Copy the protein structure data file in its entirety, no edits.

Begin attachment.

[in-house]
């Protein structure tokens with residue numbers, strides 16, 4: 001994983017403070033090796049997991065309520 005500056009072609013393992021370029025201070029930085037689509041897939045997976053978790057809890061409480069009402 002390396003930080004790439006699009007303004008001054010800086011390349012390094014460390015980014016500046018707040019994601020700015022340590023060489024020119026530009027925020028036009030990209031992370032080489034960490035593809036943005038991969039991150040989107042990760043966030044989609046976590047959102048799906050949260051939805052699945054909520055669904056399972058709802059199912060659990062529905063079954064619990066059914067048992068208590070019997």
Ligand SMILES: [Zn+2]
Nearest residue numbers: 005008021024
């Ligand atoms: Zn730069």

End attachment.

[in-house]
């Protein structure tokens with residue numbers, strides 16, 4: 001994983017403070033090796049997991065309520 005500056009072609013393992021370029025201070029930085037689509041897939045997976053978790057809890061409480069009402 002390396003930080004790439006699009007303004008001054010800086011390349012390094014460390015980014016500046018707040019994601020700015022340590023060489024020119026530009027925020028036009030990209031992370032080489034960490035593809036943005038991969039991150040989107042990760043966030044989609046976590047959102048799906050949260051939805052699945054909520055669904056399972058709802059199912060659990062529905063079954064619990066059914067048992068208590070019997």
Ligand SMILES: [Zn+2]
Nearest residue numbers: 005008021024
């Ligand atoms: Zn730069």